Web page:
The speaker and the meeting were of course interrupted by the police.
At Greenwich, near the observatory, Londoners held a similar meeting attended by 10,000-15,000 people. It was also cut short by the police.
Written on July 2, 1855
First published in the Neue Oder-Zeitung, No. 307, July 5, 1855
Marked with the sign x
For an account of the first demonstration, held on June 24, see this volume, pp. 302-07.—Ed.
R. Grosvenor, "The Sunday Trading Bill. To the Editor of The Times", The Times, No. 22093, June 28, 1855.—Ed.
The Times, No. 22095, July 2, 1855.—Ed.
Marx uses the English word and gives the German translation in brackets.—Ed.
Here and below Marx uses the English word.—Ed.
Marx uses the English word.—Ed.
Marx uses the English word.—Ed.
Marx uses the English expression.—Ed.
The text of this speech was given in the report on the demonstration published in The Times, No. 22095, July 2, 1855.—Ed.
On Marx's participation in the second mass demonstration against the Anti-Sunday Trading Bill, held in Hyde Park on Sunday, July 1, 1855, see Note 221↓. On July 3, 1855 Marx wrote to Engels about this demonstration: "The scenes in Hyde Park last Sunday were disgusting, firstly because of the constables' brutality and secondly because of the purely passive resistance put up by the huge crowds. Meanwhile things are clearly seething and fermenting and we can only hope that great disasters in the Crimea will bring them to a head."
The article was first published in English in: Karl Marx and Frederick Engels, On Britain, Moscow, 1953, pp. 420-25, as Part II, together with Marx's article on the demonstration of June 24, 1855 (see this volume, pp. 302-07) under the common editorial heading "Anti-Church Movement—Demonstration in Hyde Park".
A reference to the battle of Inkerman (November 5, 1854) in which the British suffered heavy losses (see Note 35↓).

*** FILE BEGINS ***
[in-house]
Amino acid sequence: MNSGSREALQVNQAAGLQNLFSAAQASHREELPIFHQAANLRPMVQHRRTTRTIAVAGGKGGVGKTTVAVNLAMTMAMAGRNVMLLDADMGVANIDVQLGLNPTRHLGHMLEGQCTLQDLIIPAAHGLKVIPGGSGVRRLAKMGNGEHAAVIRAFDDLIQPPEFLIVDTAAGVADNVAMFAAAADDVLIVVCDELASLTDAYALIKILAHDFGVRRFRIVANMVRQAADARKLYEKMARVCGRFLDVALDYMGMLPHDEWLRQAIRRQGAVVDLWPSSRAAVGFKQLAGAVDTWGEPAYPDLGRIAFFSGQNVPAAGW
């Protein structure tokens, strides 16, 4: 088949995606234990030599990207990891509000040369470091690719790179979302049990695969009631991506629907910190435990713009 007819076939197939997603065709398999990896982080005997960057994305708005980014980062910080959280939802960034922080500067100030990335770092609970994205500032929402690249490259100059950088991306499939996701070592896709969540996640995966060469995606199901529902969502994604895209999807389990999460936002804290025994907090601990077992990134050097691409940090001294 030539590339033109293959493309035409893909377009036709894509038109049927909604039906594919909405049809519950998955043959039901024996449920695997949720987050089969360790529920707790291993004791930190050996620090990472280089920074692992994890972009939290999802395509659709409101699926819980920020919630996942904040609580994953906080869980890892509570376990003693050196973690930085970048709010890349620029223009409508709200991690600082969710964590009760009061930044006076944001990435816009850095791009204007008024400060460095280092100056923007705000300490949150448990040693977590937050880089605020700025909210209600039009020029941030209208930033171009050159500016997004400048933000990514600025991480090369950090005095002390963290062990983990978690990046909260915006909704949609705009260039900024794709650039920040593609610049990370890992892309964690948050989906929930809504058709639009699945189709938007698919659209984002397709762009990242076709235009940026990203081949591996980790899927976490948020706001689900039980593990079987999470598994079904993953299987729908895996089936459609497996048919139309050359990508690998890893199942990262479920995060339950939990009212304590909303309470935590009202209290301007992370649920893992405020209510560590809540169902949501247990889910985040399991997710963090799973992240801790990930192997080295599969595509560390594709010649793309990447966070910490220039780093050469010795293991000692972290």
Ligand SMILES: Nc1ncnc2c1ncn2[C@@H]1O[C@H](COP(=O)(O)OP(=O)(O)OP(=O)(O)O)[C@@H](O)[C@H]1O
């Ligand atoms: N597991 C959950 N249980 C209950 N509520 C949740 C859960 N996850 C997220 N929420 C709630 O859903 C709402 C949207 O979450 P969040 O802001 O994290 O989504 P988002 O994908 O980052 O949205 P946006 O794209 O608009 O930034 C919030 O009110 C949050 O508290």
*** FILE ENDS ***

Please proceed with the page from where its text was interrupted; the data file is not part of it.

Marx's description of the mass demonstration held in Hyde Park on June 24, 1855, in protest against a series of anti-popular measures adopted by Parliament (in particular, the prohibition of Sunday trading) is based mainly on his own observations. Wilhelm Liebknecht writes in his memoirs that Marx and other German revolutionary democrats took part both in this demonstration and in one organised by the Chartists at Hyde Park on the following Sunday, July 1, 1855. According to Liebknecht, in the course of the latter demonstration, which was dispersed by the police, Marx was very nearly arrested. Two days after the events of June 24, Marx wrote to Engels: "The demonstration held at Hyde Park on Sunday afternoon looked very revolutionary." The present article was first published in English in Karl Marx and Frederick Engels, On Britain, Moscow, 1953. It was printed together with another article by Marx, describing the demonstration on July 1 (see this volume, pp. 302-07) under the joint editorial heading: "Anti-Church Movement. [—Demonstration in Hyde Park"].
 In the battle of Inkerman in the Crimea (November 5, 1854) the Anglo-French forces defeated the Russian army, but the Russians' vigorous action compelled the enemy to refrain from storming Sevastopol and instead lay siege to the city. Engels described the battle in detail in his article "The Battle of Inkerman" (see present edition, Vol. 13, pp. 528-35).
Source: Marx and Engels Collected Works, Volume 14
(pp.323-327), Progress Publishers, Moscow 1980